Habits are acquired gradually through an associative learning process, where experiences or topics become mentally linked to one another, and that involves practice and attention. At a neural level, new synaptic connections form between sensory and motor areas of the brain, and they strengthen over the course of learning and reinforcement. As long as we practice the behaviors, the connections get stronger.

Organizations may need to encourage their employees to build new habits if their behaviors aren’t aligned with organizational goals or interfere with their performance. Not only is this a time-consuming process, but it also must coincide with the unlearning of ineffective habits. The mechanism for losing a habit is the opposite of how one forms — synaptic connections become weaker over time, eventually being lost. But until this happens, it’s very easy for old habits to resurface, particularly when you’re stressed or cognitively overwhelmed.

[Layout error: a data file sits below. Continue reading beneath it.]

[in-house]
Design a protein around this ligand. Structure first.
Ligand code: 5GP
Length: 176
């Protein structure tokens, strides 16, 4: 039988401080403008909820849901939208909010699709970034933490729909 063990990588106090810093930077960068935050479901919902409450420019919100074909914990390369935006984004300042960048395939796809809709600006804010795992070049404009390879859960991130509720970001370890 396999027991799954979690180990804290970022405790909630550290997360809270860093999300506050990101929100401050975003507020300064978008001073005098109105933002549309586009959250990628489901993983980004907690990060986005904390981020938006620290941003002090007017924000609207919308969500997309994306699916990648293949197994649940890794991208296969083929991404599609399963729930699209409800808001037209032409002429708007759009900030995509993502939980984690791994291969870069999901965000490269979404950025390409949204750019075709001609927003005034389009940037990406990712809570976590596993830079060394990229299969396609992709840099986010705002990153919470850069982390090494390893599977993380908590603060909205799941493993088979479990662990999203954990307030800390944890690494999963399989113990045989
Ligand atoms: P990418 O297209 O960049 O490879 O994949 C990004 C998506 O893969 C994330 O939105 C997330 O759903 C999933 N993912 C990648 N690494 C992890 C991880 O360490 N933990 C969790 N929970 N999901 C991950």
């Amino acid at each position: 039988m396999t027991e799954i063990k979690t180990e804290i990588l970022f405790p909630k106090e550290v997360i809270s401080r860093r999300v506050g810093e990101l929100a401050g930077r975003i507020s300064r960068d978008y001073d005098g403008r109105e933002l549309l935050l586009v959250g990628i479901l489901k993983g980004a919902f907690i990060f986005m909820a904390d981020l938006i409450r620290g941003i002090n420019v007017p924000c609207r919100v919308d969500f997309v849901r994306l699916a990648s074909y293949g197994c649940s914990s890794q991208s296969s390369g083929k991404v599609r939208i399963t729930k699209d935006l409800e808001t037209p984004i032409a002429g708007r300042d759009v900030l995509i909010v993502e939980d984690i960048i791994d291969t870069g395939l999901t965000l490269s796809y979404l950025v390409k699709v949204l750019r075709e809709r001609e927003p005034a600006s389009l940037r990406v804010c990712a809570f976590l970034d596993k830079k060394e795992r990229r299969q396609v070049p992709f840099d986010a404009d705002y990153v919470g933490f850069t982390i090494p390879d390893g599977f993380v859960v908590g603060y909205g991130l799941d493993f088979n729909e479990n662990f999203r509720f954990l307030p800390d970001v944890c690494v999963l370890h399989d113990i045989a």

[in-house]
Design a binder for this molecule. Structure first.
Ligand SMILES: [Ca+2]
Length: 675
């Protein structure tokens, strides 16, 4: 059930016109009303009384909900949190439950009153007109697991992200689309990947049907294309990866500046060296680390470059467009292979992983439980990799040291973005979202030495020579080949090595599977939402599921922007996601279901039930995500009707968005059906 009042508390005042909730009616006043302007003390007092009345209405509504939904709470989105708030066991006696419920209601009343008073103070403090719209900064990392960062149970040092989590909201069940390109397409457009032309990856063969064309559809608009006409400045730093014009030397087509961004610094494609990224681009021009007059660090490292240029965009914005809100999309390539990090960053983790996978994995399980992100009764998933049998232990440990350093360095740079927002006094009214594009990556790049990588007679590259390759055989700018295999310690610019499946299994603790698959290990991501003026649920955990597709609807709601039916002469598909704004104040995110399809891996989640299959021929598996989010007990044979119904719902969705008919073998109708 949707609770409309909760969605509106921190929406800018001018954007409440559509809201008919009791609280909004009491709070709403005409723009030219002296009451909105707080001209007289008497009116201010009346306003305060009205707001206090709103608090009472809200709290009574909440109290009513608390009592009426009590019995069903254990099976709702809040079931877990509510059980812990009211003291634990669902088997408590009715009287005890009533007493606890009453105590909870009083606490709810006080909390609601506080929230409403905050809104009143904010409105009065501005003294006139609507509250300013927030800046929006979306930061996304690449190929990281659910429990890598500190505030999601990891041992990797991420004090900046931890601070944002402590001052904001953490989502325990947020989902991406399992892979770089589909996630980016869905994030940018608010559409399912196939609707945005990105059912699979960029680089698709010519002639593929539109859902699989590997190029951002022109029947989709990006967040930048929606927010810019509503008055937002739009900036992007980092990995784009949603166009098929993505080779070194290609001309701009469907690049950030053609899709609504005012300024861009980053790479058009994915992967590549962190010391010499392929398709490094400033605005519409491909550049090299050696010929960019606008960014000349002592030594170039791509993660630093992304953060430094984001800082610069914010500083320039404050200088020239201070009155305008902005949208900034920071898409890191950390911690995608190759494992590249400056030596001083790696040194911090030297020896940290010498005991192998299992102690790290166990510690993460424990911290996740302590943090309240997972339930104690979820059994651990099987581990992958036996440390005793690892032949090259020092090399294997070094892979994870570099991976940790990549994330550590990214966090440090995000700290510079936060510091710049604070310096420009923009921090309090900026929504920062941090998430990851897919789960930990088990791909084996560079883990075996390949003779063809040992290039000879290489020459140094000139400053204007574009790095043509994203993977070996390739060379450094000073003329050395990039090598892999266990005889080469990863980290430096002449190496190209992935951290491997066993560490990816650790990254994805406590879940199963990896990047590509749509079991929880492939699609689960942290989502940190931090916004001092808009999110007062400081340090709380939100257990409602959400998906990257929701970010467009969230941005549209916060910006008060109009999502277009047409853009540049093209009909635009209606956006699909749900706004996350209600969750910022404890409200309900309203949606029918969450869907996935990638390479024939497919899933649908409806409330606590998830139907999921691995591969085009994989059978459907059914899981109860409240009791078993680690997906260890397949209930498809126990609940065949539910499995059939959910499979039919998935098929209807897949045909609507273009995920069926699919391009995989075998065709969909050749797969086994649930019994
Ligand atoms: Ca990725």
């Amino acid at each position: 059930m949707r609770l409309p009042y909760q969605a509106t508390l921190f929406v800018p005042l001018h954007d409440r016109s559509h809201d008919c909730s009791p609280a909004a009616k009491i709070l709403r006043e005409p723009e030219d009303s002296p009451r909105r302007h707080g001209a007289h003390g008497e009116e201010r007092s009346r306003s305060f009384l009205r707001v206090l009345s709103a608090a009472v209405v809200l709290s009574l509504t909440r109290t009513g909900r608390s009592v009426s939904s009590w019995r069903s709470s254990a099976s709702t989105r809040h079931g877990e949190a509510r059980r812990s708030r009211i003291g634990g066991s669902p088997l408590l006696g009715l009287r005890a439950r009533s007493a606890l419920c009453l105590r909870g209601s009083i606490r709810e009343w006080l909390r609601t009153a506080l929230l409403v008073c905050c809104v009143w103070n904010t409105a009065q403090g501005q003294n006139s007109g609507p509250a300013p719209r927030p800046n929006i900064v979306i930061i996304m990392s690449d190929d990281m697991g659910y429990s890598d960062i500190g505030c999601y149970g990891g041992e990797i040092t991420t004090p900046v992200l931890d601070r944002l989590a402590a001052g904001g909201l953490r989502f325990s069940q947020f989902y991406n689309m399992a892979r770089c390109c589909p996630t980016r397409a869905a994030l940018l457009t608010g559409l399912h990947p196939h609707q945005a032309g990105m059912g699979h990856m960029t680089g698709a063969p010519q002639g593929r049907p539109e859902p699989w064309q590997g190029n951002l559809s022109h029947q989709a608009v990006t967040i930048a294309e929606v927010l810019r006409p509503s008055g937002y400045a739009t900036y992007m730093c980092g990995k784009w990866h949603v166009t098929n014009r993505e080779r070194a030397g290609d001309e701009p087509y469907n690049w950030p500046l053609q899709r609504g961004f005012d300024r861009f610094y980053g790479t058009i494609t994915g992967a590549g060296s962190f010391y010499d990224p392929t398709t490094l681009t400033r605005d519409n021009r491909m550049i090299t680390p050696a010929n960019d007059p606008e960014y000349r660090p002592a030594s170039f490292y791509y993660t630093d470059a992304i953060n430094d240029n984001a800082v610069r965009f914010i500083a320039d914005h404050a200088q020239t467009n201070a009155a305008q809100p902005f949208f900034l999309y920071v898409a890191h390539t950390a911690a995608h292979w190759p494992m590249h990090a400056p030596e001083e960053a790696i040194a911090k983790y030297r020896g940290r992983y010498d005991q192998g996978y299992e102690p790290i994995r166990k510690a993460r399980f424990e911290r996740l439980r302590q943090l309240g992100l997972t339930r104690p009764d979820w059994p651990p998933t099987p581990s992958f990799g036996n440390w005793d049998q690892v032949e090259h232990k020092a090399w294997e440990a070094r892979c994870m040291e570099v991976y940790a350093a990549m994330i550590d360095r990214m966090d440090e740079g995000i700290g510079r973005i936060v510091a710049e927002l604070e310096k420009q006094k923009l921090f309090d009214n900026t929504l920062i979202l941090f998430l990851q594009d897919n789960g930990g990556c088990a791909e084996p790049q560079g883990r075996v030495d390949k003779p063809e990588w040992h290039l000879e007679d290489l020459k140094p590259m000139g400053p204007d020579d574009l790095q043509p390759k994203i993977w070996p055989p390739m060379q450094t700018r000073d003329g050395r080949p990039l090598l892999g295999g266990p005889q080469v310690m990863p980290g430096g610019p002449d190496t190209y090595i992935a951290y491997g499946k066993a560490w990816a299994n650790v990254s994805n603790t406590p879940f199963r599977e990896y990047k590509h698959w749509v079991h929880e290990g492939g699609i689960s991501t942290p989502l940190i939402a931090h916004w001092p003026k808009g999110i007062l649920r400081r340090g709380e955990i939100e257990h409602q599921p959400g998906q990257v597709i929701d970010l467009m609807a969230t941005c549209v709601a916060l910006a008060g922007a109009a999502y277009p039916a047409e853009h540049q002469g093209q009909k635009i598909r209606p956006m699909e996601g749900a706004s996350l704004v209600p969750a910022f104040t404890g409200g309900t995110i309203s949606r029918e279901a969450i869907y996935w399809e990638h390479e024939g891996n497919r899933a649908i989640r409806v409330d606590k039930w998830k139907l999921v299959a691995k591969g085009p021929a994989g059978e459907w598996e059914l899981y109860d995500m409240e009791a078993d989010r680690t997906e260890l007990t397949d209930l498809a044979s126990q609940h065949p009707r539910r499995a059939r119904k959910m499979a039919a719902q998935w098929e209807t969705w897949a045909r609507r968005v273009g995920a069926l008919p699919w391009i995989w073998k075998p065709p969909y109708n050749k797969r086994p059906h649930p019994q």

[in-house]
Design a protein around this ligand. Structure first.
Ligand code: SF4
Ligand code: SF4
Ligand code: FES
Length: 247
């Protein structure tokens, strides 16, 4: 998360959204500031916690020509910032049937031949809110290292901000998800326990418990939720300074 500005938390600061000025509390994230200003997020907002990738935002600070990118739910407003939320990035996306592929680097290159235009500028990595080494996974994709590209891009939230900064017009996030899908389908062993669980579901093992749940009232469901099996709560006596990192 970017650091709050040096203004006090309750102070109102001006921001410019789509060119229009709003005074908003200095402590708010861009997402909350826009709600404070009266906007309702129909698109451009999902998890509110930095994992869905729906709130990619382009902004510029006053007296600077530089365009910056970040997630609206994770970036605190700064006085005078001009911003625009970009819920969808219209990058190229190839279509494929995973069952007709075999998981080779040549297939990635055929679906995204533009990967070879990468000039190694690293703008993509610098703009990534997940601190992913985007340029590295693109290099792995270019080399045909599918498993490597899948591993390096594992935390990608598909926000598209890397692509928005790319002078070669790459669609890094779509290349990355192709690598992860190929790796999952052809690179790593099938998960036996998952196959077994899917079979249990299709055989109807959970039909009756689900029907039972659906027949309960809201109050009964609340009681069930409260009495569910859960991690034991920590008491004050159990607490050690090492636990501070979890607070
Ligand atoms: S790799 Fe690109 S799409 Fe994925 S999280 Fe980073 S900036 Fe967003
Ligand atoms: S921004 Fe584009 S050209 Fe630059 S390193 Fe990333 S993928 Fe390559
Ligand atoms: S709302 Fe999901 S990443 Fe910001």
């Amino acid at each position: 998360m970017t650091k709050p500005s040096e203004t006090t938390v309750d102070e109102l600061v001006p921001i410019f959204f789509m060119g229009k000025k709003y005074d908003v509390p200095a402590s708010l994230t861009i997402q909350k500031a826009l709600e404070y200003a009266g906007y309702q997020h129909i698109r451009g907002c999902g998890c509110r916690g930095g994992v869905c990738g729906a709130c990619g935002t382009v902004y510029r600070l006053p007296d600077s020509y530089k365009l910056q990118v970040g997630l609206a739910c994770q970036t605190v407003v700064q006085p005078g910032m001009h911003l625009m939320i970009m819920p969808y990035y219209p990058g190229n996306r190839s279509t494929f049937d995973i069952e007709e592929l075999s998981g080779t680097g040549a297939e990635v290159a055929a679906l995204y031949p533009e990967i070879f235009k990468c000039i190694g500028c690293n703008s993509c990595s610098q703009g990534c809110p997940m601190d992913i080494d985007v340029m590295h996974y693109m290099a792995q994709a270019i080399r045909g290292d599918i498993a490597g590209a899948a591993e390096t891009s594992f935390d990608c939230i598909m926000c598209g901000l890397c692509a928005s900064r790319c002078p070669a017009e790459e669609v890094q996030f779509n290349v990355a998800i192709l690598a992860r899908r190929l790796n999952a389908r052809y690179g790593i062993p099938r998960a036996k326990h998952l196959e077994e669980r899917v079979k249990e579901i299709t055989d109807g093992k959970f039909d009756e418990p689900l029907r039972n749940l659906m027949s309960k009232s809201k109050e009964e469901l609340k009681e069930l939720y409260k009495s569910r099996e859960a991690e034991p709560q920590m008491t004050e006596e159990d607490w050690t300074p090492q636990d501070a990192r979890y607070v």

Don’t think about the pink elephant

If you’ve ever tried to break a bad habit by reminding yourself what not to do, you’re not alone — it’s a natural human reaction. However, recent research suggests this may actually hurt your ability to overwrite the old habit with the new one.

In the study, researchers explored the impact of active suppression — reminding yourself not to do something — on the acquisition of a new habit and the simultaneous unlearning of an old one. The study participants were asked to learn rules about when to respond to images on a screen, with the researchers recording how quickly they reacted to the triggers. On the following day, they performed a similar task but with different rules. As they were learning the new rules, some participants were told to actively suppress how they wanted to react.

Interestingly, the researchers found that all participants were able to form the new habit. However, when people learned the new habit by actively suppressing the old one, the old habit remained alongside the new one. Active suppression actually worked against the unlearning process, making the older behavior even stronger than before.

Here’s what to think about instead

Instead of trying to actively suppress an old habit, here are three brain-based tactics to try when you want to change a behavior.